A speeding truck leaving the Newhall Tunnel in Southern California apparently lost control, crashed into the center divider and came to a stop some 1,700 feet outside of the tunnel exit. As other motor vehicles were leaving the tunnel, they braked and slowed down to avoid the crashed truck. A series of chain-reaction collisions followed. A fire broke out from one of the crashes and spread through the tunnel and to other stalled vehicles.
One of the individuals involved in this tragic crash was Ricardo Cibrian, a trucker who was trapped inside his truck in the tunnel and unfortunately died in the fire that reached his tractor. He was survived by his wife and two children.
This crash and fire resulted in more than 50 claims, including 3 death cases. There were five personal injury actions and dozens of property damage claims. All of the cases were consolidated into one. Cibrian’s family claimed $1.2 million in economic damages, including past and future lost earnings.
The collection of plaintiffs sued the State of California. They claimed the tunnel’s design was inherently dangerous because the sight distance was inadequate for the posted speed limit.
The plaintiffs were prepared to present evidence that the tunnel, which was designed and built in 1959, had a posted speed limit of 45 mph. They maintained that the state raised the speed limit to 55 mph in 2002. The plaintiffs claimed that the higher speed limit was a contributing factor in the multi-vehicle crash and fire. It was further claimed that because of the speed limit, motorists were not able to stop their cars and trucks in time to avoid the slowing or stopped traffic ahead.
In addition, the company that employed the truck driver whose crash triggered the chain-reaction was claimed to have been negligent in speeding and losing control of his truck.
The plaintiffs further alleged that the 11 additional defendants, all truck drivers, were traveling too fast for conditions and collided with other trucks either inside or outside of the tunnel.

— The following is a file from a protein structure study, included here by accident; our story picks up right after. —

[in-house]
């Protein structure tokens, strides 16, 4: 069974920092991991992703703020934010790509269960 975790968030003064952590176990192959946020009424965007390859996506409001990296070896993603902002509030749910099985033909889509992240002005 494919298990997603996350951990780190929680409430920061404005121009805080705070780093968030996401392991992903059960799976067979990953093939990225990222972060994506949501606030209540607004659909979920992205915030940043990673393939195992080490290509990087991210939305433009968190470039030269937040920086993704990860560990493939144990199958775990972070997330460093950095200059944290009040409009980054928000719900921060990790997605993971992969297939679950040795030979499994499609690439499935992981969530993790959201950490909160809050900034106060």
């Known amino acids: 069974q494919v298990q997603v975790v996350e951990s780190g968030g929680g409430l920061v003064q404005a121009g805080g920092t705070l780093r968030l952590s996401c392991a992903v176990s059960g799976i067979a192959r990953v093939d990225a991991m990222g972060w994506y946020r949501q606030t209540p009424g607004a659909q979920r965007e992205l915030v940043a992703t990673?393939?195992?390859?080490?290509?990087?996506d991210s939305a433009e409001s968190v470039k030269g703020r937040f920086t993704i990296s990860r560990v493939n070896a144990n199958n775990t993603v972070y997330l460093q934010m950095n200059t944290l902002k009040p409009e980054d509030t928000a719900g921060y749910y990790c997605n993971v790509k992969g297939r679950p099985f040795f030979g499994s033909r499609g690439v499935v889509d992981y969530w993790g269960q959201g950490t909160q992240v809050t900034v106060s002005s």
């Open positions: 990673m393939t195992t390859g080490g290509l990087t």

The Cibrian family settled with the State of California for $2.75 million and with the trucking company for $3.75 million. The state and the trucking company also settled with other injured plaintiffs.
The varied plaintiffs’ lawyers collectively made policy limits demands upon the insurance companies for the truck drivers. These were generally $1 million and were joined by the State of California, which had a $15 million economic damages claim for the fire damage to the tunnel. At last, the insurance carriers, or most of them, paid the policy limits resulting in contributions of about $8,888,000. The plaintiffs and their attorneys also had an allocation agreement in place before any demand was made in order to avoid disputes when the global settlement was reached.
The plaintiffs’ counsels were many, but the counsel for the Cibrian family was the lead counsel, which was Timothy G. Tietjen.
Martinez v. Cal., No. PC 053794 (Cal., Los Angeles Co. Super. April 23, 2013).
Kreisman Law Offices has been handling Illinois truck accidents and automobile accident cases for individuals and families who have been harmed, injured or died as a result of the carelessness or negligence of another for more than 38 years in and around Chicago, Cook County and its surrounding areas, including Elk Grove Village, Des Plaines, Elmwood Park, River Grove, Hickory Hills, Bridgeview, Bedford Park, Joliet Park, Yorkfield, Oakbrook, Morton Grove, Chicago (Edgewater, Lakeview, Lincoln Square, Albany Park, Sauganash, Edgebrook, Jefferson Park), Mount Prospect, Prospect Heights and Glencoe, Ill.
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